Langara College instructor who made Hamas comments no longer employed with school

Langara College and an instructor who had described the Hamas attack on Isreal as “amazing” and “brilliant” have parted ways, the school said Friday.

Natalie Knight had spoken at an off-campus rally in Vancouver Oct. 28 and addressed the crowd that gathered, praising the “determination and ingenuity” of six Palestinian political prisoners who had escaped from Gilboa prison in Israel.

She likened the attack by Hamas in early October to their triumph.

“We are members of a revolutionary mass organization in East Vancouver called United in Struggle. We unite workers, Indigenous people, and all oppressed people to fight back against the ruling elites,” she said.

The college condemned her words and she was put on leave Oct. 31. The school said she could return to work as long as she complied with its policies that support inclusivity and a safe, respectful work environment.

But she continued to engage in activities that were contrary to these policies, Langara says, and as a result, she is no longer employed with the school.

“The last few months have been a very difficult time,” Langara said in a news release. “The violence in the Middle East has caused pain and division in many of our communities. Our province has seen reprehensible acts of hate and discrimination in recent months. There is no place for this in our community and we condemn any act of anti-Semitism or Islamophobia.”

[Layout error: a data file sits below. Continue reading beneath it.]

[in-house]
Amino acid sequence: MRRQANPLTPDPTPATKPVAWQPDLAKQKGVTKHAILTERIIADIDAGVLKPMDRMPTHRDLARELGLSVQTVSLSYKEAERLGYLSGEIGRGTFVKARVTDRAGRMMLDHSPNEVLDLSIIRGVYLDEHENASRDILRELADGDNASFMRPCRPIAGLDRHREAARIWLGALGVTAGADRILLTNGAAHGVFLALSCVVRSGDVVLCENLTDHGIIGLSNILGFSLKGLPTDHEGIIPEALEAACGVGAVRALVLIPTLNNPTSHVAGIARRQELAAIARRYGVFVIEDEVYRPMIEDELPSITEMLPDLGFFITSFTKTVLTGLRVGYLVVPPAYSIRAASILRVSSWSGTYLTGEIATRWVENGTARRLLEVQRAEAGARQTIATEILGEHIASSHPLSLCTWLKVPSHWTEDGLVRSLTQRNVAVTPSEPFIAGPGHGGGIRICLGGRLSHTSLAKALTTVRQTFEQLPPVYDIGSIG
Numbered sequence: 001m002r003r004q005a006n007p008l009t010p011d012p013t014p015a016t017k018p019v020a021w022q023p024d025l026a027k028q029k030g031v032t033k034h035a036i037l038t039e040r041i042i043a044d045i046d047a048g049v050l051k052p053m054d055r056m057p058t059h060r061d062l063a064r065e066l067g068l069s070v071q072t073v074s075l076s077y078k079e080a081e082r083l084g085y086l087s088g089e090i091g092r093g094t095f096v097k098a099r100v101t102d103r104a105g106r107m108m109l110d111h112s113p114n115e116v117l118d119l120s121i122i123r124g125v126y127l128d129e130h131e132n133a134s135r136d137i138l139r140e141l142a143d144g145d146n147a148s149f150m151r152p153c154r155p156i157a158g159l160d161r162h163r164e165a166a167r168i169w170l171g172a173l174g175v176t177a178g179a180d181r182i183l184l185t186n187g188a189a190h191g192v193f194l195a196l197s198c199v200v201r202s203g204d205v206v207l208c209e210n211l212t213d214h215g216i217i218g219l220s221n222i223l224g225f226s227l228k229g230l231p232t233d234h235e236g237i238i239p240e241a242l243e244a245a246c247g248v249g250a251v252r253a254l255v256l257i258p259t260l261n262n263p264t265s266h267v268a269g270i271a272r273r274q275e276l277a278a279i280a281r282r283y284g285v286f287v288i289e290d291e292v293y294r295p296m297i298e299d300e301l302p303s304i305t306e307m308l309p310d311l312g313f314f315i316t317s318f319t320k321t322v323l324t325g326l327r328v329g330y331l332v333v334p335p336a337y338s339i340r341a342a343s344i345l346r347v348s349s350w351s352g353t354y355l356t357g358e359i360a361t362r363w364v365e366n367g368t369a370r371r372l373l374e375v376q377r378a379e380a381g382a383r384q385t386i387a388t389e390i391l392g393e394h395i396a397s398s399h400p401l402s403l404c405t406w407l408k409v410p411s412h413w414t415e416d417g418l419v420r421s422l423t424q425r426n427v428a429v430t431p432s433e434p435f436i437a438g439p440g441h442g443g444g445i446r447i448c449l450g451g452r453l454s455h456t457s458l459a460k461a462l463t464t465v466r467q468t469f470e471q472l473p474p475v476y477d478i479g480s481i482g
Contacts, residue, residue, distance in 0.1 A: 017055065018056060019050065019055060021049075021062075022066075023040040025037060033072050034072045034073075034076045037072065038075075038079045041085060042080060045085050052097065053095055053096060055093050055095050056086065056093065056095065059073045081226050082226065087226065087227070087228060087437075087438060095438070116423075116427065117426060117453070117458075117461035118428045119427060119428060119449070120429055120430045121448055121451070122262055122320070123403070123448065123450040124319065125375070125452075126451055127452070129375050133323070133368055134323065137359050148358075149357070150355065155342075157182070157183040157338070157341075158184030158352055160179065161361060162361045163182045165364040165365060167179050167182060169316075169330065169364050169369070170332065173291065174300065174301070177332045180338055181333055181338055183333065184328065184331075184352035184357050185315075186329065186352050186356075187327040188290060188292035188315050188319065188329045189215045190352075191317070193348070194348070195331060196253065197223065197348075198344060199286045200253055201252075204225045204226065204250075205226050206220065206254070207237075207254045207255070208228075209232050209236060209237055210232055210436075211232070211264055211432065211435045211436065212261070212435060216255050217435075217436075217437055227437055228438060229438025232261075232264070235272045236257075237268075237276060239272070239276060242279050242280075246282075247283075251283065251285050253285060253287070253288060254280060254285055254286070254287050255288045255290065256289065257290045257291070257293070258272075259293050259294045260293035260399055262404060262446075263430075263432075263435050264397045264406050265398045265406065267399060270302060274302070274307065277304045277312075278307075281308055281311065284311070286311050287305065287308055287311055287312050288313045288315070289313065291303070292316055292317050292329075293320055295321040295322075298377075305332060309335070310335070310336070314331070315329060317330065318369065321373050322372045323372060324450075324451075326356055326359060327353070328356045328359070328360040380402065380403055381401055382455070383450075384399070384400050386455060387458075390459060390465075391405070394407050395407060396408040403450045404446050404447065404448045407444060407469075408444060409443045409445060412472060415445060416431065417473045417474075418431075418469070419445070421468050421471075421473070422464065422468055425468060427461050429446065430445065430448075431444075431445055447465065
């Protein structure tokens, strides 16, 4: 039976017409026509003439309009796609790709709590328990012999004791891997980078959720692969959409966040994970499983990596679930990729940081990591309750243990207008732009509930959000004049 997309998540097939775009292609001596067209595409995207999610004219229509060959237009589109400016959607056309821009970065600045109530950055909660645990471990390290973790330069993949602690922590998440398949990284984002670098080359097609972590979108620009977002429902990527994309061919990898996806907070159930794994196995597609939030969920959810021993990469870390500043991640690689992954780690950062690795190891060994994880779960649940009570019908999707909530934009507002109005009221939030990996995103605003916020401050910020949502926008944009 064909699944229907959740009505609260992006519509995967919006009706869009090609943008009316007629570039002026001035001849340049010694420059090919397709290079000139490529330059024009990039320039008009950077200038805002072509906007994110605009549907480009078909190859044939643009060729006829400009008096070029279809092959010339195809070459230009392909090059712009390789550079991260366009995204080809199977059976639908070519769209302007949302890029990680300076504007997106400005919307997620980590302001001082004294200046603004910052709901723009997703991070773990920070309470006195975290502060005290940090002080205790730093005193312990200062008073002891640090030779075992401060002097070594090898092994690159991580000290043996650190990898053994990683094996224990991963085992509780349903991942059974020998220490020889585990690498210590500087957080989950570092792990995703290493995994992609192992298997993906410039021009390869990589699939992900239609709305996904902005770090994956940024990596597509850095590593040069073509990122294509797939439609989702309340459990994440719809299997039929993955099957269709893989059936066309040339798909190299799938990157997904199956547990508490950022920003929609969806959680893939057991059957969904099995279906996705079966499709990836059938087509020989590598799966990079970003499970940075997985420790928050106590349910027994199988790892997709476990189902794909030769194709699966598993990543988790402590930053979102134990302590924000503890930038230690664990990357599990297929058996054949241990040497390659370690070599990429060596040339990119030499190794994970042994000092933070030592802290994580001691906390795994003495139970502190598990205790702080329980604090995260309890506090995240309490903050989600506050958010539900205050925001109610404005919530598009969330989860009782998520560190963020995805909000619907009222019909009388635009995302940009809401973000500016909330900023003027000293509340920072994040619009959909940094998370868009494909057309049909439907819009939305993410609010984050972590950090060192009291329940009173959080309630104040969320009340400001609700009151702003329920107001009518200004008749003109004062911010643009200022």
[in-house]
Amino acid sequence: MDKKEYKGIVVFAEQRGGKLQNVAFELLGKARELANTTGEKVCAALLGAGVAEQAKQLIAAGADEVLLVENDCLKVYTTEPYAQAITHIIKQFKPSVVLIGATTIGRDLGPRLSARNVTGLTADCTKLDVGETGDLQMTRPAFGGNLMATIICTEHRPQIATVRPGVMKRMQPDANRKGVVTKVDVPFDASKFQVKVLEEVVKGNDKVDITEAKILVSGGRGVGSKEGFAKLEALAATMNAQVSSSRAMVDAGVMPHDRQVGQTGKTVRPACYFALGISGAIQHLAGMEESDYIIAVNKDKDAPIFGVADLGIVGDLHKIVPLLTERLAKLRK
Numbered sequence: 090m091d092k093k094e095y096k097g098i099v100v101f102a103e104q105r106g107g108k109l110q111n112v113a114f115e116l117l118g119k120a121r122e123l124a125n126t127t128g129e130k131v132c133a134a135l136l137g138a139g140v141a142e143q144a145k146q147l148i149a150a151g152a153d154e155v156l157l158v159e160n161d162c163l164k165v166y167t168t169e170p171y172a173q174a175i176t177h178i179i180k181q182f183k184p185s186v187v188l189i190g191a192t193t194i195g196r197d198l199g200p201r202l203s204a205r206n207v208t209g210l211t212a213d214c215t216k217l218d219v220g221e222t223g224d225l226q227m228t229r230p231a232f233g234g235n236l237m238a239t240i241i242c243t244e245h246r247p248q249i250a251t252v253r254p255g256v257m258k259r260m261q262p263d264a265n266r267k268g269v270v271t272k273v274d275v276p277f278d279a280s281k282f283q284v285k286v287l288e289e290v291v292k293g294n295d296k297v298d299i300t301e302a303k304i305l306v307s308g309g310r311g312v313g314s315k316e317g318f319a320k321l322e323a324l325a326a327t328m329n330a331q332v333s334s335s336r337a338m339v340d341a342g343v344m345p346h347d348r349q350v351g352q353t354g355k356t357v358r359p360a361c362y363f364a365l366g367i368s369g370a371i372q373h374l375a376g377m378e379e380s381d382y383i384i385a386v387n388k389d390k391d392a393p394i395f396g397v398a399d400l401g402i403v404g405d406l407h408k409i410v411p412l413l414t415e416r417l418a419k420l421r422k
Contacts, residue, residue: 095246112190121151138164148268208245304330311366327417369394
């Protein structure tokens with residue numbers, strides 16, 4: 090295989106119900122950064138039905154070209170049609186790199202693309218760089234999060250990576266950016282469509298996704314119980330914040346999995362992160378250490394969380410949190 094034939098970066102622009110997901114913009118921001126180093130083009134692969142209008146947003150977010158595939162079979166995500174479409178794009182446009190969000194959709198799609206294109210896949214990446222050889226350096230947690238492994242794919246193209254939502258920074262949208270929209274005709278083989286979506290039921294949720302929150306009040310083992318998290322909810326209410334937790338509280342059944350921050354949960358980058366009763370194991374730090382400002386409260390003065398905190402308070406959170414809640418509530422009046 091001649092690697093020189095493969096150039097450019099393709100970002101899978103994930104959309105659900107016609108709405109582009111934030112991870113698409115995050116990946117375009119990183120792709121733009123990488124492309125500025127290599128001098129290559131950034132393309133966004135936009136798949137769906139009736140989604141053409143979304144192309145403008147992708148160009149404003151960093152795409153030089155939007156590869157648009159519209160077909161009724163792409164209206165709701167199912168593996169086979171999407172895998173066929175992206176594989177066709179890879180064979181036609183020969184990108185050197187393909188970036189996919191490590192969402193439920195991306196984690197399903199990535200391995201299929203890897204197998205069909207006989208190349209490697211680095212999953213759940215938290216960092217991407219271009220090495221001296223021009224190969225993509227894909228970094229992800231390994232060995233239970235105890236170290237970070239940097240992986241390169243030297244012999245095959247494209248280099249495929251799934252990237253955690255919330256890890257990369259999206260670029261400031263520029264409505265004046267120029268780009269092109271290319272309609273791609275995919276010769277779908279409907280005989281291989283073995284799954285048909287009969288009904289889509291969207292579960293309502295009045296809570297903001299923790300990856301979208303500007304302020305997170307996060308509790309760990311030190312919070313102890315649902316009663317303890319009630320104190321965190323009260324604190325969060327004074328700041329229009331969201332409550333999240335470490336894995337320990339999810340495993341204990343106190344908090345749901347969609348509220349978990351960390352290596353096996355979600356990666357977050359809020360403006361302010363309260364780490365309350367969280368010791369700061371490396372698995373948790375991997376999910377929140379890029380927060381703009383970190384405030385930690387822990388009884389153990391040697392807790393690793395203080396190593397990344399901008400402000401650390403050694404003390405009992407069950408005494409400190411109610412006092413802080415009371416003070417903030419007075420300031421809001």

The Centre for Israel and Jewish Affairs (CIJA) praised the move, saying it will help restore trust between the school and its Jewish and Israeli students and staff.

“We are encouraged by Langara College’s decision to dismiss Natalie Knight,” the CIJA said.

“When Natalie Knight celebrated the October 7 terrorist attacks committed by Hamas – the largest murder of Jews since the Holocaust – referring to it as ‘brilliant, amazing,’ she caused immense trauma for the college’s Jewish and Israeli community.

The CIJA says Vancouver’s Jewish community saw a 62 per cent increase in police-reported antisemitic hate incidents in 2023 compared with the previous year.

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